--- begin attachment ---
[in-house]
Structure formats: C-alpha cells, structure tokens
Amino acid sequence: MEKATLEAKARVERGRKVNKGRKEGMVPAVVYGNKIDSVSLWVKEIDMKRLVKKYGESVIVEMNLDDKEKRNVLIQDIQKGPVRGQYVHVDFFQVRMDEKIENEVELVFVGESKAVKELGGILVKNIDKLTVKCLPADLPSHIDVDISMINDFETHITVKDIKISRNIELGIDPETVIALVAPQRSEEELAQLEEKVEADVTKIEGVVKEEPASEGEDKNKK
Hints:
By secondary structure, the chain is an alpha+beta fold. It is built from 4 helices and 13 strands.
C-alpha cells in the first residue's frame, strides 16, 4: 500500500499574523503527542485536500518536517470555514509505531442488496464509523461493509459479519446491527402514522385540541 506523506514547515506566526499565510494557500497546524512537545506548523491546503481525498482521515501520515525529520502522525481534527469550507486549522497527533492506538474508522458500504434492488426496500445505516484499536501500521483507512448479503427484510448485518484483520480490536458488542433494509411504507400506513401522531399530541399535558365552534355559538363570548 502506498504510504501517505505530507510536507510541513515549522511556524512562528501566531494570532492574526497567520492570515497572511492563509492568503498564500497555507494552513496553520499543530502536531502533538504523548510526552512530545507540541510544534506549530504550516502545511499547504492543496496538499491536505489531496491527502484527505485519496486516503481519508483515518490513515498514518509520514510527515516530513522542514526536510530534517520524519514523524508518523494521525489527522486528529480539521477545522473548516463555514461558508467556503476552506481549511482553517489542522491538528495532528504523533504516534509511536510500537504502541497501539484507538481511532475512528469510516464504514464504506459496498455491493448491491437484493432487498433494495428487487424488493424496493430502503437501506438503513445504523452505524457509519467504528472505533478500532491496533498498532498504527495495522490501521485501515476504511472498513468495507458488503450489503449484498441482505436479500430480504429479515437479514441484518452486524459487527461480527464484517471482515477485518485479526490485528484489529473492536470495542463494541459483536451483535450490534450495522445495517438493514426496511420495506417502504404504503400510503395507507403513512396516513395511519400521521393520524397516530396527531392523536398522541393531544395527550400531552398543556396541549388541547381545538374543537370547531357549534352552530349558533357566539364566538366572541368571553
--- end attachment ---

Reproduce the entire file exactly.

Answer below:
[in-house]
Structure formats: C-alpha cells, structure tokens
Amino acid sequence: MEKATLEAKARVERGRKVNKGRKEGMVPAVVYGNKIDSVSLWVKEIDMKRLVKKYGESVIVEMNLDDKEKRNVLIQDIQKGPVRGQYVHVDFFQVRMDEKIENEVELVFVGESKAVKELGGILVKNIDKLTVKCLPADLPSHIDVDISMINDFETHITVKDIKISRNIELGIDPETVIALVAPQRSEEELAQLEEKVEADVTKIEGVVKEEPASEGEDKNKK
Hints:
By secondary structure, the chain is an alpha+beta fold. It is built from 4 helices and 13 strands.
C-alpha cells in the first residue's frame, strides 16, 4: 500500500499574523503527542485536500518536517470555514509505531442488496464509523461493509459479519446491527402514522385540541 506523506514547515506566526499565510494557500497546524512537545506548523491546503481525498482521515501520515525529520502522525481534527469550507486549522497527533492506538474508522458500504434492488426496500445505516484499536501500521483507512448479503427484510448485518484483520480490536458488542433494509411504507400506513401522531399530541399535558365552534355559538363570548 502506498504510504501517505505530507510536507510541513515549522511556524512562528501566531494570532492574526497567520492570515497572511492563509492568503498564500497555507494552513496553520499543530502536531502533538504523548510526552512530545507540541510544534506549530504550516502545511499547504492543496496538499491536505489531496491527502484527505485519496486516503481519508483515518490513515498514518509520514510527515516530513522542514526536510530534517520524519514523524508518523494521525489527522486528529480539521477545522473548516463555514461558508467556503476552506481549511482553517489542522491538528495532528504523533504516534509511536510500537504502541497501539484507538481511532475512528469510516464504514464504506459496498455491493448491491437484493432487498433494495428487487424488493424496493430502503437501506438503513445504523452505524457509519467504528472505533478500532491496533498498532498504527495495522490501521485501515476504511472498513468495507458488503450489503449484498441482505436479500430480504429479515437479514441484518452486524459487527461480527464484517471482515477485518485479526490485528484489529473492536470495542463494541459483536451483535450490534450495522445495517438493514426496511420495506417502504404504503400510503395507507403513512396516513395511519400521521393520524397516530396527531392523536398522541393531544395527550400531552398543556396541549388541547381545538374543537370547531357549534352552530349558533357566539364566538366572541368571553